4. Ed
"A trained chimpanzee plays third base for a minor-league baseball team." That's the storyline taken directly from the Ed IMDB page, to which, I'm partially convinced, I may have been the first-ever visitor. I could just leave it there and it would make a pretty convincing case for not only the worst baseball movie of all time, but perhaps one of the worst things to ever be put on a big screen. I'll expand, however. The only recognizable name in the movie is Matt LeBlanc, who was at the height of his F*R*I*E*N*D*S popularity but whose acting career has essentially consisted of being cast along with five much more talented actors on an incredibly successful and well-written sitcom and playing a fictionalized version of himself twenty years later. Worst of all, it violates my biggest baseball movie pet peeve: actors playing baseball players who can't throw. LeBlanc is supposed to be an up-and-coming "fireballing" pitcher, but he can't throw. A word to aspiring directors—get actors who can throw. But all of that aside, we can always circle back to "a trained chimpanzee plays third base for a minor-league baseball team." —Jeff Moore

5. Mr. 3000
The forgettable and relatively inoffensive Mr. 3000 may look out of place on a list decorated with some truly horrible flicks but it deserves mention for some numbskull baseball all the same. Let’s start with the premise that a Wade Boggs-type with a bad attitude is able to force his way back into baseball after a statistical correction robs him of hits 2,998, 2,999, and 3,000 nine years after his retirement. Forget for a second how implausible something like this is in the Baseball Reference era: everyone Ross has ever met wants to give him the middle finger but we're supposed to believe that he can smooth-talk his way back into the Brewers lineup nearly a decade after quitting on his team in the heat of a pennant race? To sell tickets? Didn't the director know that owners make their money through television?

Beyond the thin plot there are all of the usual ridiculous quirks found in a hastily written production. For one, Ross's manager is still piloting the Brewers even though we know the team hasn't been any good in nearly a decade (though to be fair, he does vaguely resemble Bud Black). Then there's T-Rex Pennebaker, the sullen and generically nicknamed slugger who took Ross's place as the biggest jerk in the league. He's nearly as prickly and selfish as Ross but, somehow, the two manage to turn each other cuddly in one of the overarching feel good developments of the film. One of the movie's other breakthroughs happens when Milwaukee miraculously pulls off a stunning September surge all the way into third place. I'm not going to apologize for any spoilers; you can thank me after you've watched something better.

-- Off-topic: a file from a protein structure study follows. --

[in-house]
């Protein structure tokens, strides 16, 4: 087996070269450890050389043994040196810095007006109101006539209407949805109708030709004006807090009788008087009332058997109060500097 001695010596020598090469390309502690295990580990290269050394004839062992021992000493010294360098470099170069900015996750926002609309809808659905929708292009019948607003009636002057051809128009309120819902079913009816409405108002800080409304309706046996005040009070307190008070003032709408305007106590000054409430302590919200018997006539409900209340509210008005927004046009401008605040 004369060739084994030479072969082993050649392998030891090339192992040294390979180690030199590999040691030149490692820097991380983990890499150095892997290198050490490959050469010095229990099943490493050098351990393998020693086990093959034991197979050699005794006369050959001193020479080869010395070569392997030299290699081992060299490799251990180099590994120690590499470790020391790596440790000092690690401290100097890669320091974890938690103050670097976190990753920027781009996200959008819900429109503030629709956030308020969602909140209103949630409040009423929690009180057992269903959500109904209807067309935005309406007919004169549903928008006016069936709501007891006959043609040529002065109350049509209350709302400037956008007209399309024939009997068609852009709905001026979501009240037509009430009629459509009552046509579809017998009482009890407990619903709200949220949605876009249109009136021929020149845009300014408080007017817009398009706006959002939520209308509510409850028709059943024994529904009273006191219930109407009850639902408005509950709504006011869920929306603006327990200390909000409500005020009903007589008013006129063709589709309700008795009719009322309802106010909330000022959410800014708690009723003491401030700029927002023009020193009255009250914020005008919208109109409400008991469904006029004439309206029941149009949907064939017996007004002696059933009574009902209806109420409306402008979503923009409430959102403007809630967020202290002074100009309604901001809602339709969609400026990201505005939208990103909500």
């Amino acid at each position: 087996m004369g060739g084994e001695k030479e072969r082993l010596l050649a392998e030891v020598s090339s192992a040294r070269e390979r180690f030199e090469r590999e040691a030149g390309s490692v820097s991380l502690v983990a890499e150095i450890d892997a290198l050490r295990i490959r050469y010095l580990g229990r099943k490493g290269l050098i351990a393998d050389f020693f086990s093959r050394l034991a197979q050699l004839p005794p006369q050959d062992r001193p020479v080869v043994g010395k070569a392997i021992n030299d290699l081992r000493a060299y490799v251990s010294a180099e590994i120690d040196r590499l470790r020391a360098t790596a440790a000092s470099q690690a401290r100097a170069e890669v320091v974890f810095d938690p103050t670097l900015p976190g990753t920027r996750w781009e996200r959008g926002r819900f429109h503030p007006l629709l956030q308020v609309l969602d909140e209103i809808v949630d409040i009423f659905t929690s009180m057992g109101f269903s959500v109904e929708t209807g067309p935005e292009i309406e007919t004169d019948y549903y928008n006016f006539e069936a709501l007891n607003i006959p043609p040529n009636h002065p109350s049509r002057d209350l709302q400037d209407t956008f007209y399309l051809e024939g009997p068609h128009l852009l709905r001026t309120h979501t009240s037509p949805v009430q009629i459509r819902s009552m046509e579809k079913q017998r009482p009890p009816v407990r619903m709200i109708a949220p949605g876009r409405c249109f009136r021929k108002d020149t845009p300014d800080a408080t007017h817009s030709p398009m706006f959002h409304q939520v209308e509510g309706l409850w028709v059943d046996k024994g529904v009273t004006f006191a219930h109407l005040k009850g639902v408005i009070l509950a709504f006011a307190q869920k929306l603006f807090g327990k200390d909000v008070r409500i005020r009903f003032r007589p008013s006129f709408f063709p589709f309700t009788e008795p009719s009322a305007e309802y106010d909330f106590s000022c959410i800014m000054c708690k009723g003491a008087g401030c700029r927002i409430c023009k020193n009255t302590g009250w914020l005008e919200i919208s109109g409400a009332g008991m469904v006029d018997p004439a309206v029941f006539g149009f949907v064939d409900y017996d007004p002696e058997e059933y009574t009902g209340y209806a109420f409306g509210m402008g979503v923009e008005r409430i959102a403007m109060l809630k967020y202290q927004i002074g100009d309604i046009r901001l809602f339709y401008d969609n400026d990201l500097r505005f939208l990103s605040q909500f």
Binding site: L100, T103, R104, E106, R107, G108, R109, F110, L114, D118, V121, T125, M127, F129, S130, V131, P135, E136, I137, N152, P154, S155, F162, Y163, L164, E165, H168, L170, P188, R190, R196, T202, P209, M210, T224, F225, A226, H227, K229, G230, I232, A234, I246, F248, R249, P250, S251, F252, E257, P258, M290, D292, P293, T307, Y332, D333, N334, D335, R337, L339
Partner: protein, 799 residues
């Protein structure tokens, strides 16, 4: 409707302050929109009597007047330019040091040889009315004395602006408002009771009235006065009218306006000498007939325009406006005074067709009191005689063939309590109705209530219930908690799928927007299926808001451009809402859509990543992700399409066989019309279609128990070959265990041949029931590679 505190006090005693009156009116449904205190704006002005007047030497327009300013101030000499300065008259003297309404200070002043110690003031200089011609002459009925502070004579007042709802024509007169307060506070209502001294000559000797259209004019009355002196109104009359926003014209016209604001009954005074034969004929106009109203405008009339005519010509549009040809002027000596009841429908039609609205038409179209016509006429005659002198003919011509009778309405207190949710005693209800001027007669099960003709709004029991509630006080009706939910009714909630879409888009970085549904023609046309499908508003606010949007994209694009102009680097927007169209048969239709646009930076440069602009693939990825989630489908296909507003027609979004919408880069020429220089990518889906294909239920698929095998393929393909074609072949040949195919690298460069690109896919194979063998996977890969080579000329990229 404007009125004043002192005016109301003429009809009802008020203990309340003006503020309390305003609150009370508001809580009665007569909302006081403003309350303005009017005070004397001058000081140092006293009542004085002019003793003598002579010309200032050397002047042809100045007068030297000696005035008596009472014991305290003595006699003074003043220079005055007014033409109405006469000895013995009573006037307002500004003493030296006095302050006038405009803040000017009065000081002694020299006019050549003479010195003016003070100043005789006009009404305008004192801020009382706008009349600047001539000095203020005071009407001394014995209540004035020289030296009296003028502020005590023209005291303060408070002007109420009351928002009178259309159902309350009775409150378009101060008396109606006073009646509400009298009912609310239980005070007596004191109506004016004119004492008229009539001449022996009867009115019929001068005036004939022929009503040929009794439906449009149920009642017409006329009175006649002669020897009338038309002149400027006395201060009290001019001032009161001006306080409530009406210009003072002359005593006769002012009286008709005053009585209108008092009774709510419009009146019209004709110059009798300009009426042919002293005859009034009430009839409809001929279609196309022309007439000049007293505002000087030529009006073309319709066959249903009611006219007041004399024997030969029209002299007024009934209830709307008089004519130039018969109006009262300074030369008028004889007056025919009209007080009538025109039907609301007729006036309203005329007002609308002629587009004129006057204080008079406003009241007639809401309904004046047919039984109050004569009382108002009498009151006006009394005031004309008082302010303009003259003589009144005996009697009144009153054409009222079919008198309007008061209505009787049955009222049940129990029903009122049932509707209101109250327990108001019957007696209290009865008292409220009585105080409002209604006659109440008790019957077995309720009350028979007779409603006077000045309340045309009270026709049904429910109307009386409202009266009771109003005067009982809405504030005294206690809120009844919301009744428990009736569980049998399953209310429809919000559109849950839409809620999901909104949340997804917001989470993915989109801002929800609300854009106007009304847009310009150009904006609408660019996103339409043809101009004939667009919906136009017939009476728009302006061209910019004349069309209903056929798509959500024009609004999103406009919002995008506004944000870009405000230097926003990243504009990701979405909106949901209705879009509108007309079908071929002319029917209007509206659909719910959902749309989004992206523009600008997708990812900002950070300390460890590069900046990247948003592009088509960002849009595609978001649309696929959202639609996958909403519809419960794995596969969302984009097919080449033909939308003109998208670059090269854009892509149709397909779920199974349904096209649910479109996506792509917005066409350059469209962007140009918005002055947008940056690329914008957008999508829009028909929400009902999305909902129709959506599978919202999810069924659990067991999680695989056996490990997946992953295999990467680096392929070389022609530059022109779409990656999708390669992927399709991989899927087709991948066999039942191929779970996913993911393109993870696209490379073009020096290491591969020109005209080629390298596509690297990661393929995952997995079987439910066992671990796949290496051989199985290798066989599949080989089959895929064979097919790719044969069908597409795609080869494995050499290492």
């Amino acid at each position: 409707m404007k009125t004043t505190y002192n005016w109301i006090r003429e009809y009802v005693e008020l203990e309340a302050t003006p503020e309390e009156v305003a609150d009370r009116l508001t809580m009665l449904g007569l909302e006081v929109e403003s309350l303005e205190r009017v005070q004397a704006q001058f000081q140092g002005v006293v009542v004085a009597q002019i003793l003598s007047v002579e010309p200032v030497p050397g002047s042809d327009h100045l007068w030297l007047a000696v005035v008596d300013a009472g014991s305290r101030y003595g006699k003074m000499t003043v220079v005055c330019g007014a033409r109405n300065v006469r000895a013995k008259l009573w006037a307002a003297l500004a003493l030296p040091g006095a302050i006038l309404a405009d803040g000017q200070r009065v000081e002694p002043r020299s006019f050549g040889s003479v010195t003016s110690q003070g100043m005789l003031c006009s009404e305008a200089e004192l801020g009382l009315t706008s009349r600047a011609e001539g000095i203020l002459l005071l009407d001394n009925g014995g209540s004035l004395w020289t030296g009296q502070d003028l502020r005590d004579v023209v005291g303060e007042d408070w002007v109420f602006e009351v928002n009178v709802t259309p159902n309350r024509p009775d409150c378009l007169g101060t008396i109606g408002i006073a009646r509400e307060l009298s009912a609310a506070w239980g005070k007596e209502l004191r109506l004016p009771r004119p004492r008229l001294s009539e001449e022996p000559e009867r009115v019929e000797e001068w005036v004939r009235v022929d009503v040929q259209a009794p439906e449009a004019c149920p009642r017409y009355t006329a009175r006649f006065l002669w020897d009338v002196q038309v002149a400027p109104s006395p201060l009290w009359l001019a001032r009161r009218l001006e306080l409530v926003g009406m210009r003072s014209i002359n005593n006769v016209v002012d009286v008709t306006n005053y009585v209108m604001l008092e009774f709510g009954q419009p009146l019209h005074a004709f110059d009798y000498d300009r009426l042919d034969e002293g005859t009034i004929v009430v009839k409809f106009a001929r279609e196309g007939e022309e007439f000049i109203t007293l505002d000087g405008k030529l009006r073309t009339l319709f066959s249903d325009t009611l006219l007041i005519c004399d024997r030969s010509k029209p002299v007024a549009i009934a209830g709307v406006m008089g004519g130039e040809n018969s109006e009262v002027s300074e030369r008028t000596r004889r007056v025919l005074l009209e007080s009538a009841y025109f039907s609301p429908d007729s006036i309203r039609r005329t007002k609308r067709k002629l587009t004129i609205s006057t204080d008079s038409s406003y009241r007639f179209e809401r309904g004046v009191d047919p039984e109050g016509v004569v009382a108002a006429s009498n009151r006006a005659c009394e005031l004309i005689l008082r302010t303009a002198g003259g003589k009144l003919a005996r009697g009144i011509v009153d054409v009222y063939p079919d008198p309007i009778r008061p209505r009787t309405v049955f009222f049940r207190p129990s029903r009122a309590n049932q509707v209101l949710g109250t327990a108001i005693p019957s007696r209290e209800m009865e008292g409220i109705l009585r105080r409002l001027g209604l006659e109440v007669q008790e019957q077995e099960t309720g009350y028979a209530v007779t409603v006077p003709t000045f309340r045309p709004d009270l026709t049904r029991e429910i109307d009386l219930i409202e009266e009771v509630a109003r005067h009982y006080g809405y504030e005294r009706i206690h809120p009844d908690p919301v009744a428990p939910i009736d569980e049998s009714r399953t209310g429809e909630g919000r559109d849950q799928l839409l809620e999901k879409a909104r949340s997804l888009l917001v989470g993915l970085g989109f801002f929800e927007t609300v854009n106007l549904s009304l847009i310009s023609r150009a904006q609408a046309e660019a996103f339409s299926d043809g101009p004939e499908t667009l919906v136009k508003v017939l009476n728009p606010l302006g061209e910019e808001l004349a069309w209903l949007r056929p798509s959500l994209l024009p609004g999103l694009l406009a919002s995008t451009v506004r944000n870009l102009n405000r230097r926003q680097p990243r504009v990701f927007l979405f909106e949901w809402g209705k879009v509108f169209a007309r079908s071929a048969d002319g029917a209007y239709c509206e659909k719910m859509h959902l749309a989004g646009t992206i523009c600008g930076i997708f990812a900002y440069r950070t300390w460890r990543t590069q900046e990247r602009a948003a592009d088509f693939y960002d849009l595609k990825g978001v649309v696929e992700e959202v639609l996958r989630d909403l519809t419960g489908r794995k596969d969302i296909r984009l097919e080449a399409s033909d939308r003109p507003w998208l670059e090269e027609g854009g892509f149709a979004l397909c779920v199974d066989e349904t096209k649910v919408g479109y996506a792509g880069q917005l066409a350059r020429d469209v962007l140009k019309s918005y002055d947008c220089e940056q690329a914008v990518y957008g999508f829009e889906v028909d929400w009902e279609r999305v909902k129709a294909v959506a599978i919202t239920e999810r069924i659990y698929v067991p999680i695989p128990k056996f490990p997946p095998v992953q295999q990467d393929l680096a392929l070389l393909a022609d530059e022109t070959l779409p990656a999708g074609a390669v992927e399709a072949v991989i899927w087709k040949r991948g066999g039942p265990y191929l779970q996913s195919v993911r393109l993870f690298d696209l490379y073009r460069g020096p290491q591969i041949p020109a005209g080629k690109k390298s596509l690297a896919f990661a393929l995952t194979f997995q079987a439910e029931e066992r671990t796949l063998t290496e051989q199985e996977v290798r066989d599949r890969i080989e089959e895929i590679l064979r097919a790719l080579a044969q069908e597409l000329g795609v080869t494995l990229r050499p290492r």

The movie also whiffed on too many baseball details to count. The film starts with Ross's "3,000th" hit in 1995 yet there was no effort to make the ballpark resemble County Stadium. While we're on fields, Bernie Mac is standing next to home plate at the Ballpark in Arlington for the movie poster, even though that particular stadium is never shown, mostly because Mac's character plays for the Brewers. Additionally, Ross's comeback takes place in September, when the schedule makers seemingly decided to cut down on travel by allowing the Brewers to play nearly all of their games at home against the Astros. Disappointingly, when the writers wanted to demonstrate how few of Ross's ex-teammates cared to show up for Stan Ross day, they invented Bill "Big Horse" Berelli to serve as the token scrub to introduce Ross. This one isn't really that big of a deal, but why couldn't the writers give Bob Skube or Gary Beare a shoutout? Ultimately, Mr. 3,000 isn't the worst baseball movie ever made— hello Trouble With The Curve—but there's a reason you haven't ever found it on cable. —Brendan Gawlowski

6. Pitch Perfect
This 2012 cheese platter actually starts out with plenty of merit. In the way that Pelotero or Sugar perfectly captured the experience of the young Caribbean player making his way to or through the American baseball labyrinth, Pitch Perfect portrays the dilemma that the American teenager faces in choosing between college and the direct route to the pros. The strongest and most realistic performance belongs to a thinly disguised Tony Rasmus fictionalization who nails the part of the meddlesome father unable to let go of these difficult decisions.

However, the film quickly loses its way and meanders right into tired baseball trope. There is entirely too much emphasis on team chemistry, which is lazily blamed for failures and credited for successes—a turn of fortunes following a team meeting being by far the biggest divergence between plot and reality. And following in the path of Rookie of the Year, Major League and the rest, our heroes triumph in the end—a direct result of the studio’s lack of faith in the viewer to process a more difficult outcome. We’re already dreading the sequel. —Zachary Levine